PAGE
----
Defense Secretary Esper discusses potential 7-day deal with Taliban

The United States and the Taliban negotiate a reduction of violence in 7 days Pentagon | News

President Donald Trump is gambling that direct engagement with the Taliban, which once provided a safe haven in Afghanistan for the al-Qaeda terrorist group, will help him meet a pledge when running for office in 2016 to get America out of what he called "endless wars".

"The United States and the Taliban have negotiated a proposal for a seven-day reduction in violence", Esper said in Brussels Thursday after a meeting of defense chiefs from the North Atlantic Treaty Organization.

The U.S. and the Taliban may soon reach an agreement aimed at ending the 19-year war in Afghanistan, Defense Secretary Mark Esper said.

But they have been fraught with challenges, with Mr Trump declaring the talks "dead" in September.

"So it will be a continual evaluative process as we move forward, if we go forward".

"We've said all along that the best.solution in Afghanistan is a political agreement", he added.

A deal would commit Taliban insurgents to curb attacks in Afghanistan and the reduce its troop presence there.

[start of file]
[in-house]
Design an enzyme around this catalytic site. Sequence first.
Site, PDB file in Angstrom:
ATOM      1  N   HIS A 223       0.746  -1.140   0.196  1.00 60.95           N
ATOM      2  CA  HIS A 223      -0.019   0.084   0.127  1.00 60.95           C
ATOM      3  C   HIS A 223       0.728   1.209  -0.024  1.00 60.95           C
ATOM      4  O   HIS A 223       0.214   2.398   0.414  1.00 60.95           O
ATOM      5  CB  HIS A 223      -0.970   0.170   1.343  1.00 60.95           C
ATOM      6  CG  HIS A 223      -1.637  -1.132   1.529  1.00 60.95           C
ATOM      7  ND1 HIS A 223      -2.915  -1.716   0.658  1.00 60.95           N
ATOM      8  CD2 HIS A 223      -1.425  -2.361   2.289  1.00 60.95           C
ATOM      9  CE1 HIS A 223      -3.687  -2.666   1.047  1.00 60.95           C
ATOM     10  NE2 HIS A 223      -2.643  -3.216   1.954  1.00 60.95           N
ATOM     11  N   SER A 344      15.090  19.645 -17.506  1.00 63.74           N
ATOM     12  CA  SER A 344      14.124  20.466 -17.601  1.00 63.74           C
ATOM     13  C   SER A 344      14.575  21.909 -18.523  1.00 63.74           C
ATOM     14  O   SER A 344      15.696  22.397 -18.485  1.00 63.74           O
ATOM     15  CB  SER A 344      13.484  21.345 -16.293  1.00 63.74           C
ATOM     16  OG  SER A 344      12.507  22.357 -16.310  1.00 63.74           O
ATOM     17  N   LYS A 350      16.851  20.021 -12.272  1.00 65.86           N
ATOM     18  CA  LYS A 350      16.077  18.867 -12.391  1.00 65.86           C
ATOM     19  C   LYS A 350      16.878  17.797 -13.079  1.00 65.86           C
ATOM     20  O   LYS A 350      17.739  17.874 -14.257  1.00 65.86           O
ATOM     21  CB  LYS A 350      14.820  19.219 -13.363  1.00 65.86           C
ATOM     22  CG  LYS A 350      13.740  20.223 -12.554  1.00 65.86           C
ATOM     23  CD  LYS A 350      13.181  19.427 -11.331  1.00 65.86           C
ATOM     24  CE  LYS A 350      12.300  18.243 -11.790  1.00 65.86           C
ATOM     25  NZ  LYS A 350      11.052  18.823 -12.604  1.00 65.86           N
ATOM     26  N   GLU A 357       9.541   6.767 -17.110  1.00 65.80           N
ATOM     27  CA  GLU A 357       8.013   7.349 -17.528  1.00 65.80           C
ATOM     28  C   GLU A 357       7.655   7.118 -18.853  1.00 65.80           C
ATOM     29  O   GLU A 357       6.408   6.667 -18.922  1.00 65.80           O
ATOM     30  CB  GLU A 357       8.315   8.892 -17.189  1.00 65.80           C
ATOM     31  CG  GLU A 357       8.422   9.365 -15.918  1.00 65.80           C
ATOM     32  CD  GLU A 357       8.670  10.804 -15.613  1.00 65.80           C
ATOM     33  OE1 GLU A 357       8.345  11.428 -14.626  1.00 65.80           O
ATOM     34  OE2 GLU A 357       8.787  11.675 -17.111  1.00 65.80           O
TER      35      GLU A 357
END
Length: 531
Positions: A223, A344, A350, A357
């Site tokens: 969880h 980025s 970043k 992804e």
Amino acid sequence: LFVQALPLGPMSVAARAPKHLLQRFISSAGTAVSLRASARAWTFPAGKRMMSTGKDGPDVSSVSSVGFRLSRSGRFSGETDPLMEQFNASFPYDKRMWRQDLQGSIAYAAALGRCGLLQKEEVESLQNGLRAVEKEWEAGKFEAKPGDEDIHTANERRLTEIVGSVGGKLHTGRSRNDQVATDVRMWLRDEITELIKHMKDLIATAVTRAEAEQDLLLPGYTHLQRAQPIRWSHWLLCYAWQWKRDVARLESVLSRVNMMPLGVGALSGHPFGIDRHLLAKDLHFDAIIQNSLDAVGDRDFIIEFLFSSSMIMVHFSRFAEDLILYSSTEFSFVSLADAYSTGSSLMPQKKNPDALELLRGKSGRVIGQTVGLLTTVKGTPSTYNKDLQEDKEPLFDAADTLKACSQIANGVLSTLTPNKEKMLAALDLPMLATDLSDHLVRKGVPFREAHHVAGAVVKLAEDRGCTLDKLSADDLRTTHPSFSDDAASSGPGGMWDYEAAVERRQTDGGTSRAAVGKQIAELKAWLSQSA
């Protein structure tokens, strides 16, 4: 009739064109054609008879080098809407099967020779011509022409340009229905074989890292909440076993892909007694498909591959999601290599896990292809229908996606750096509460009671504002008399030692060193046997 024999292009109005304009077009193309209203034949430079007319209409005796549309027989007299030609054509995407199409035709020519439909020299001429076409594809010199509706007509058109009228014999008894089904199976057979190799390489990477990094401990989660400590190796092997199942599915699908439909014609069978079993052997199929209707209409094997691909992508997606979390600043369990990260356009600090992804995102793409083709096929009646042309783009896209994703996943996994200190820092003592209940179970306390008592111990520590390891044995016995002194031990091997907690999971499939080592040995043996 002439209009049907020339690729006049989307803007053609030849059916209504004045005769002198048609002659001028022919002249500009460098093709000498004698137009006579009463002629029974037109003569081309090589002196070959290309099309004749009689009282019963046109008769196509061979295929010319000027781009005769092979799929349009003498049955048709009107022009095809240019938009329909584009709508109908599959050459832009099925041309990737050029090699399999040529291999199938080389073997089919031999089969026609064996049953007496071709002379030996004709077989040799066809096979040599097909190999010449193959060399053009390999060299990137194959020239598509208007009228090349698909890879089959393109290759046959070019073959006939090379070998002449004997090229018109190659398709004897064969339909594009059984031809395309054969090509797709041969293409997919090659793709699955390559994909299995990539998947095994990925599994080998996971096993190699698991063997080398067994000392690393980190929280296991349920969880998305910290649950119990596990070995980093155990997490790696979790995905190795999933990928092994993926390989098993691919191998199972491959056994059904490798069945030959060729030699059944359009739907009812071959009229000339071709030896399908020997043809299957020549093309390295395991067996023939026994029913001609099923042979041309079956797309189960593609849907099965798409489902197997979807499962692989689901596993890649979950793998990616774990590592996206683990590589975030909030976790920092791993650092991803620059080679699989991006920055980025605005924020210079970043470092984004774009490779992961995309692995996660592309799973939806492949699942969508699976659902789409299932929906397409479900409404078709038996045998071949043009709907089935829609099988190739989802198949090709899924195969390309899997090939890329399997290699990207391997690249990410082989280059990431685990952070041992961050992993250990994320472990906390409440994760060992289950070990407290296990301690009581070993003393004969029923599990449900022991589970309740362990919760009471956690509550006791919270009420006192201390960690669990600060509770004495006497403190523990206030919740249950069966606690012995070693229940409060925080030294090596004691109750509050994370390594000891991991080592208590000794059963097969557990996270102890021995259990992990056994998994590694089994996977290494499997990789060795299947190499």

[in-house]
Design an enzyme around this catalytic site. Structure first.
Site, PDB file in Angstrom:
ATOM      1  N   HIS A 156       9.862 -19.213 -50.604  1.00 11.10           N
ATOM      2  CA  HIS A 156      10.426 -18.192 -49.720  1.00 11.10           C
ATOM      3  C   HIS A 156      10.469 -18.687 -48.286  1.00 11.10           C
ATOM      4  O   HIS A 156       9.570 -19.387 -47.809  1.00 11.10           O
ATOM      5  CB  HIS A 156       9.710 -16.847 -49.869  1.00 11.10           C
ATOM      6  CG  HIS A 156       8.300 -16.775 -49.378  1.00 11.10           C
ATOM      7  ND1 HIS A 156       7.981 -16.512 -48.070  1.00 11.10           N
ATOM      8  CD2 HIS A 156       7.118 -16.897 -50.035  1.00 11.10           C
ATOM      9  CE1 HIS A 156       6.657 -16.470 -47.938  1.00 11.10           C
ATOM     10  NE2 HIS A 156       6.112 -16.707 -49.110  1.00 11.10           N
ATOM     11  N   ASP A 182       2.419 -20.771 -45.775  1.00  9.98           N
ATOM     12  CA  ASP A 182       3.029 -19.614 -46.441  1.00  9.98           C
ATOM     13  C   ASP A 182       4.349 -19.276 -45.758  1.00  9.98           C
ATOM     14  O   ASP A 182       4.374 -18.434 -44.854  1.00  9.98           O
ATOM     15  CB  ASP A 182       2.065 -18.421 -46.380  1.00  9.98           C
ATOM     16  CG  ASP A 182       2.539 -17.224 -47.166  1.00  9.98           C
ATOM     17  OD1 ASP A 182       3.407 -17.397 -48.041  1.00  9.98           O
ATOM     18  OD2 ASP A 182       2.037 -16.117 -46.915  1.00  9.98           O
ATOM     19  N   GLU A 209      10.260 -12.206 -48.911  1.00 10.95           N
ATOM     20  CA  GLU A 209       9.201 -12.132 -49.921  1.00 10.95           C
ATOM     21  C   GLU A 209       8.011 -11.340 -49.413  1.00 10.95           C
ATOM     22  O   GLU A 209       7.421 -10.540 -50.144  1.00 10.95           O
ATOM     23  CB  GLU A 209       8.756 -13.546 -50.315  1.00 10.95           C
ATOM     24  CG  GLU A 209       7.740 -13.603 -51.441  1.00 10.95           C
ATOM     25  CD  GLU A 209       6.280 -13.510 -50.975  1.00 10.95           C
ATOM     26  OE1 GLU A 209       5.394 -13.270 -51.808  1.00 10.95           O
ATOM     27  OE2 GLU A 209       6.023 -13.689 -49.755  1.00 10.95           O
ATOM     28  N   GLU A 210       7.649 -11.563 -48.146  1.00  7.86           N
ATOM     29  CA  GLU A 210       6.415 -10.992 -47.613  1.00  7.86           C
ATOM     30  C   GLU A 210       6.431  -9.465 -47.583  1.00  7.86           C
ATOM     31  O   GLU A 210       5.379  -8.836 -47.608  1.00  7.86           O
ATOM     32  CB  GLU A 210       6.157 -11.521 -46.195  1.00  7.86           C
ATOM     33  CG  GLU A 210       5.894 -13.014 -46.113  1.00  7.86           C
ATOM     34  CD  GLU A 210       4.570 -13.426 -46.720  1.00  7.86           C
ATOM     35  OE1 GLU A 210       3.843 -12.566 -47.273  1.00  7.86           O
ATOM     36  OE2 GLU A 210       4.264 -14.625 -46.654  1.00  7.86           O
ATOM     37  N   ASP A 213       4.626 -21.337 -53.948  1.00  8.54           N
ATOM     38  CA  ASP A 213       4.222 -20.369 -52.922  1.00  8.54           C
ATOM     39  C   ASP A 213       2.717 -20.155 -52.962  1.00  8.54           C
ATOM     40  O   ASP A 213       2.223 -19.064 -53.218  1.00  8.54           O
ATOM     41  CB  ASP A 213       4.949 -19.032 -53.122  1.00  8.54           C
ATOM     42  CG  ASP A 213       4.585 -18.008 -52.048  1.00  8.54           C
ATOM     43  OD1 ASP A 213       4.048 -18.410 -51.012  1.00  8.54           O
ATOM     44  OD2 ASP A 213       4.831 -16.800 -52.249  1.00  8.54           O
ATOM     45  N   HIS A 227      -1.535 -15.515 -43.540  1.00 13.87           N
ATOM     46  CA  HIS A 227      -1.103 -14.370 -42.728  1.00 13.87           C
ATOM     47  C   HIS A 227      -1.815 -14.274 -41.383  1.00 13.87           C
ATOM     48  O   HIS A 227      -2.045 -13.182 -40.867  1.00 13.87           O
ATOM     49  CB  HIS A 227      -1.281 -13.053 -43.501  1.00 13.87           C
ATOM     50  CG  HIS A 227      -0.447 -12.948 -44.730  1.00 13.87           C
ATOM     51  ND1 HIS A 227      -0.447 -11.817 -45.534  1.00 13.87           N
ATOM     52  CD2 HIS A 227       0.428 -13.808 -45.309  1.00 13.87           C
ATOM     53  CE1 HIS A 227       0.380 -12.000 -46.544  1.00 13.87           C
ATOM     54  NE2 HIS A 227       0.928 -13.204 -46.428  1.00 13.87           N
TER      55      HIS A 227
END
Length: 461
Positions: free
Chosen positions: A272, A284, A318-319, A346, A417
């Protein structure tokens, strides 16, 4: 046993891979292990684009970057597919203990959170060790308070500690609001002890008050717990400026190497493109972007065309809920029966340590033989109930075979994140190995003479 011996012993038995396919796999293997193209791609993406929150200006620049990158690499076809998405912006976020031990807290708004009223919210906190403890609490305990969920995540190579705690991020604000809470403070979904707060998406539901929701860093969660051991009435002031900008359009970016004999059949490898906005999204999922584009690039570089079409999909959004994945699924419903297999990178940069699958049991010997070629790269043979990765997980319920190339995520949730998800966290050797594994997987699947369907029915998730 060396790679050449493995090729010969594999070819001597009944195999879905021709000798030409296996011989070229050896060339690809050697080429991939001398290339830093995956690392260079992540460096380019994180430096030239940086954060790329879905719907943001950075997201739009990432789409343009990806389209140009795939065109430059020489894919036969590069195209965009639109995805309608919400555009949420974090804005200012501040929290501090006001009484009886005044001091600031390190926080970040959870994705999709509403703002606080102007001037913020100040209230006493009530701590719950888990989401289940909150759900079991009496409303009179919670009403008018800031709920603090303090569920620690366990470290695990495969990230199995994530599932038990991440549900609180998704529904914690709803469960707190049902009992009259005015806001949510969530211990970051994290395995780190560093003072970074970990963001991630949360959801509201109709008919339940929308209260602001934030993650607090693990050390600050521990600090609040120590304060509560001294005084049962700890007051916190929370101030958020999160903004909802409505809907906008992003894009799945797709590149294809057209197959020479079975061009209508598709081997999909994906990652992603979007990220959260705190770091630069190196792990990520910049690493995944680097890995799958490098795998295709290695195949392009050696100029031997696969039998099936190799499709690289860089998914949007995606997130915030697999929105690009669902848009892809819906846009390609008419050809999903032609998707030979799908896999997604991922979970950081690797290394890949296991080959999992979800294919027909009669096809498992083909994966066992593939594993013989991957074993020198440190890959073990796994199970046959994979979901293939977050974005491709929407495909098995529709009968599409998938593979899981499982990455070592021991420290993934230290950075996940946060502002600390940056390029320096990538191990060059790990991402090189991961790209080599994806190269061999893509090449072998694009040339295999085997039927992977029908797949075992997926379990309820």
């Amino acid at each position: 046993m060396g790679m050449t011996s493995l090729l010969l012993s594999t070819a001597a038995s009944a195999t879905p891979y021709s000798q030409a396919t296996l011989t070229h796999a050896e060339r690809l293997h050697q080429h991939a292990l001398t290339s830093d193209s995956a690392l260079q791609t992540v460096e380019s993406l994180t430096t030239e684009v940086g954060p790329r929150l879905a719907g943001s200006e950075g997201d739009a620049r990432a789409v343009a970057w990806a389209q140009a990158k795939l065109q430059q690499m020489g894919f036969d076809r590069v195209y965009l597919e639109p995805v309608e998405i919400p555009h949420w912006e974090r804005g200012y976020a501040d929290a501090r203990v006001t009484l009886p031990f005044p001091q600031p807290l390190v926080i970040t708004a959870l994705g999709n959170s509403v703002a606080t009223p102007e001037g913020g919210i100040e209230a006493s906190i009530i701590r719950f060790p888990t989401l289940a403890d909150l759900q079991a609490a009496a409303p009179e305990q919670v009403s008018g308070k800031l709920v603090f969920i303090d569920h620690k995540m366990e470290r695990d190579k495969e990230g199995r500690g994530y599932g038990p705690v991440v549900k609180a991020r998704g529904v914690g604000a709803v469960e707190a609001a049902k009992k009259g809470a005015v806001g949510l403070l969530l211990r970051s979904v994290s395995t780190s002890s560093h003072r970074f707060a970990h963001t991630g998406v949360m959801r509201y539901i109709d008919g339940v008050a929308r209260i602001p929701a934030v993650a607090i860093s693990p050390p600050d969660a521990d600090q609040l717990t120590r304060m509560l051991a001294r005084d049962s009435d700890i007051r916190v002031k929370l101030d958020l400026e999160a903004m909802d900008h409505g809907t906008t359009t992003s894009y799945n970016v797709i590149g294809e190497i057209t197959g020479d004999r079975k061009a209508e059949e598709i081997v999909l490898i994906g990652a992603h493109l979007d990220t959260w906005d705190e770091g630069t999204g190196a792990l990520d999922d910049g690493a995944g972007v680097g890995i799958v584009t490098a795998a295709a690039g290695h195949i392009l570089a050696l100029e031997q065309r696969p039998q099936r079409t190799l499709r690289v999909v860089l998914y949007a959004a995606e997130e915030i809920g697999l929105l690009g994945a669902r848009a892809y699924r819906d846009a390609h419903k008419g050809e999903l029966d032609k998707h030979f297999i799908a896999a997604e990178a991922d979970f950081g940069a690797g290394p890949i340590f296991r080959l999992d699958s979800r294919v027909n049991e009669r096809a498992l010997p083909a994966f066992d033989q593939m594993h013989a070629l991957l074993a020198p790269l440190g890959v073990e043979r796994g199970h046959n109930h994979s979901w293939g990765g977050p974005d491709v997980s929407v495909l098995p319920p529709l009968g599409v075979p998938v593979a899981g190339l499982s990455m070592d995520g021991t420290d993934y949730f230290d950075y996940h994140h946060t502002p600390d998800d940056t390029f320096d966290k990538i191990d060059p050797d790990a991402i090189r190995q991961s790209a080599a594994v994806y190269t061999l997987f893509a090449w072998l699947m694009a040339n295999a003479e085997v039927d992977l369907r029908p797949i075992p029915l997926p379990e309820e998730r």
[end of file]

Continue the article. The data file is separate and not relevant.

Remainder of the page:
Finally, the U.S. -Taliban talks themselves have been hard, but they are nothing compared to the complex peace, reconciliation and power-sharing negotiations to come between the Taliban, the Afghan government, and other Afghan political stakeholders.

Washington's top negotiator announced in September that the U.S. would withdraw 5,400 troops from Afghanistan within 20 weeks as part of a deal agreed "in principle" with Taliban militants.

Sources say the partial truce could lead to the signing of a US-Taliban peace deal that would see the US pull thousands of troops from Afghanistan, in return for which the Taliban would provide various security guarantees and launch eventual talks with the Kabul government.

"The reason behind our military pressure is to force the enemy to come and sit at the negotiation table". Some 13,000 U.S. troops remain in Afghanistan after the USA intervention to oust the Taliban in 2001.

In the months since the deal collapsed, there has so far been no let-up in fighting.

On Wednesday, the Taliban issued an ultimatum to Washington after weeks of talks with a United States peace envoy, demanding a reply to their offer of a seven-day reduction of violence, or they would walk away from the negotiating table. The Taliban has warned that the USA would "lose the most" by cancelling the talks.



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